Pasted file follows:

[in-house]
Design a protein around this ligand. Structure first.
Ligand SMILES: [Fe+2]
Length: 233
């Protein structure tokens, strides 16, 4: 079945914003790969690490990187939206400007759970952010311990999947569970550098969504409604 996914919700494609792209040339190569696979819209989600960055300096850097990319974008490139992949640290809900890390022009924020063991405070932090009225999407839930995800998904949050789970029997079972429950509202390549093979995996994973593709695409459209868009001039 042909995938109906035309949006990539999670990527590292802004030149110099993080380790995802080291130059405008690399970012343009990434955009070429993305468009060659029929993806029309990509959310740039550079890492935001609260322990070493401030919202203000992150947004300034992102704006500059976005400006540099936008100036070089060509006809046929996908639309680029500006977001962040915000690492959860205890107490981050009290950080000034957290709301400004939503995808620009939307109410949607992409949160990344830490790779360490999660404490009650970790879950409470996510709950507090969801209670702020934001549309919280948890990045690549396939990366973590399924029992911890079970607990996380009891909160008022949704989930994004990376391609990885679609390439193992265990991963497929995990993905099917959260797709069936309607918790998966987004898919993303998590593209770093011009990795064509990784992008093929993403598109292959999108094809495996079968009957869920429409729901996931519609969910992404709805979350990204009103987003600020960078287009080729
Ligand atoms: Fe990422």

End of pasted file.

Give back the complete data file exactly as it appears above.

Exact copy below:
[in-house]
Design a protein around this ligand. Structure first.
Ligand SMILES: [Fe+2]
Length: 233
């Protein structure tokens, strides 16, 4: 079945914003790969690490990187939206400007759970952010311990999947569970550098969504409604 996914919700494609792209040339190569696979819209989600960055300096850097990319974008490139992949640290809900890390022009924020063991405070932090009225999407839930995800998904949050789970029997079972429950509202390549093979995996994973593709695409459209868009001039 042909995938109906035309949006990539999670990527590292802004030149110099993080380790995802080291130059405008690399970012343009990434955009070429993305468009060659029929993806029309990509959310740039550079890492935001609260322990070493401030919202203000992150947004300034992102704006500059976005400006540099936008100036070089060509006809046929996908639309680029500006977001962040915000690492959860205890107490981050009290950080000034957290709301400004939503995808620009939307109410949607992409949160990344830490790779360490999660404490009650970790879950409470996510709950507090969801209670702020934001549309919280948890990045690549396939990366973590399924029992911890079970607990996380009891909160008022949704989930994004990376391609990885679609390439193992265990991963497929995990993905099917959260797709069936309607918790998966987004898919993303998590593209770093011009990795064509990784992008093929993403598109292959999108094809495996079968009957869920429409729901996931519609969910992404709805979350990204009103987003600020960078287009080729
Ligand atoms: Fe990422």